I wasn’t going to post anything today. I had visions of everyone packing up for a long weekend. But something came up.

We’ve been using DIRECTTV to receive a television signal at our weekend place since the early 1990’s when a technician came to install a dish on the roof of our house upstate. The company has upgraded (made the service more expensive) over the years.

Recently it merged with AT&T and since then, we have been bombarded with ads touting their special “If you move take our service with you.”

Tuesday, when my husband Googled DIRECTTV to find out where to call to cancel Order cancelledour service, the only telephone number he could find on their website was the one to order the “If you move …” special. He called it and told the customer service man that we were selling our house and wanted to cancel, but were not moving to a new home and asked about next steps.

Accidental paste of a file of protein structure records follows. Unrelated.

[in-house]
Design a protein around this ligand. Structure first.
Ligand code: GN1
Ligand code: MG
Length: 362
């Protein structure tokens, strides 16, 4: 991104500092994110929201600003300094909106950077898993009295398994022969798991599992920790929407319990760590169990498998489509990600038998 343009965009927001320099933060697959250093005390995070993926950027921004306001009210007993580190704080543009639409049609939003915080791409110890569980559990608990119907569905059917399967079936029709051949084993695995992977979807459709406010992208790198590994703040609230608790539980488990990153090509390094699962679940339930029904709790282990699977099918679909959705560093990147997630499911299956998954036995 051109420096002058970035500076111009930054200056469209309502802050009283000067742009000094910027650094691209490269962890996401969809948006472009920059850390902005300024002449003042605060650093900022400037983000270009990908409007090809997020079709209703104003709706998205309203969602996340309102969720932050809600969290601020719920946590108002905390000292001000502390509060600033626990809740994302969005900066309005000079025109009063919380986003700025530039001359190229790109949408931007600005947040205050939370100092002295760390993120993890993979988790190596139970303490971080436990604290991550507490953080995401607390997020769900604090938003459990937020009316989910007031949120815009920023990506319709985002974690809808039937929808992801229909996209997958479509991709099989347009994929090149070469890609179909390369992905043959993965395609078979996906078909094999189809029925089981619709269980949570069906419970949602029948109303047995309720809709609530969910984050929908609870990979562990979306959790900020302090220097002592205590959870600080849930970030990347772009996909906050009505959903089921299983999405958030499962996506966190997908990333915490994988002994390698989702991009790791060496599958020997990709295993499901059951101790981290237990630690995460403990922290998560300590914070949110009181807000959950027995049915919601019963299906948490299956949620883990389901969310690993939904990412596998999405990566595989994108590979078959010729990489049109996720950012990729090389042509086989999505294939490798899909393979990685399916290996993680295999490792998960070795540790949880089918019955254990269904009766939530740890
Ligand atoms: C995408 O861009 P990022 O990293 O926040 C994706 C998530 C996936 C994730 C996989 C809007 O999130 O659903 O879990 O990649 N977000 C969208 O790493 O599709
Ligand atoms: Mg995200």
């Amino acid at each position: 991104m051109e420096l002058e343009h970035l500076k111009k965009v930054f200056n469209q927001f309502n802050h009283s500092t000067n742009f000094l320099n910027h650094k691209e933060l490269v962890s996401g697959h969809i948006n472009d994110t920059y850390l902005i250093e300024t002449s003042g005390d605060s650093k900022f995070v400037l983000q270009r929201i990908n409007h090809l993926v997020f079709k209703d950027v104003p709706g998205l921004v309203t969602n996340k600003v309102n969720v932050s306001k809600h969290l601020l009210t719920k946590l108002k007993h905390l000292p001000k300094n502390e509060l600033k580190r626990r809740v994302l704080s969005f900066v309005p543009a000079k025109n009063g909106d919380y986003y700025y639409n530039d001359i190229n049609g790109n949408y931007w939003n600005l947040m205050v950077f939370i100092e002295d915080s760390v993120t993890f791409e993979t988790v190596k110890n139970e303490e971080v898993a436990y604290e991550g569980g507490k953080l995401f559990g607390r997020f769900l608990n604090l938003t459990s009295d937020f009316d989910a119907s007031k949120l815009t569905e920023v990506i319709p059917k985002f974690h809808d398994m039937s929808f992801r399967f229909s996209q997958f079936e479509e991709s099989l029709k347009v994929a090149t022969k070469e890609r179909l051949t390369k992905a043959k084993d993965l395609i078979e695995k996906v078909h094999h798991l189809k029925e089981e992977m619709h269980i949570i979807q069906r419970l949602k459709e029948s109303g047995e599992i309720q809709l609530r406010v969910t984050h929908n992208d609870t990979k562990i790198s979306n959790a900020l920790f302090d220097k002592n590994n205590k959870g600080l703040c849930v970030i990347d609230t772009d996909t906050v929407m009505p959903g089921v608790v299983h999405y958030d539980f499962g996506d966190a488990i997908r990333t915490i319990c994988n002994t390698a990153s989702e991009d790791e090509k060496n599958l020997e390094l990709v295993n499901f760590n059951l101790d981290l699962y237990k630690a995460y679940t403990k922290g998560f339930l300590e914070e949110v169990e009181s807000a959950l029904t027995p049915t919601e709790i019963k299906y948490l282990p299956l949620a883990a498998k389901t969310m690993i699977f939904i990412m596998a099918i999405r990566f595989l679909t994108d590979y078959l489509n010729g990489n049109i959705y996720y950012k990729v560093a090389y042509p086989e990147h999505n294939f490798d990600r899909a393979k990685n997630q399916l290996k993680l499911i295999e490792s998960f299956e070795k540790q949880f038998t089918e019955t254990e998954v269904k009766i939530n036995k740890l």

The man kept hammering away, “You must need service where you live or have a friend or relative who needs it. It would make the switch much easier for you.”

My husband explained that we live in New York City. You can’t stick dishes outside windows. Further, we don’t know anyone who needs service [nor do we have time to find someone—not our job]. All we want to do is cancel the service and move to our next chore. 

My husband asked if someone could come to the house and uninstall us and take the boxes. Someone came when we added a TV. He said he was sure that we were physically capable of doing the uninstalling and added “It would be much easier if you ordered a new service.” 

Eventually, after much haggling back and forth, he said “You’ll get a prepaid Fedex box with instructions as to what do.”

My husband asked: “What if we get electrocuted, getting your signal boxes detached?” 

He replied: “Turn the power off.”

My husband asked:  “What if we abandoned the equipment?”

He replied: “You can’t do that” and he read off a whole list of pricey penalties.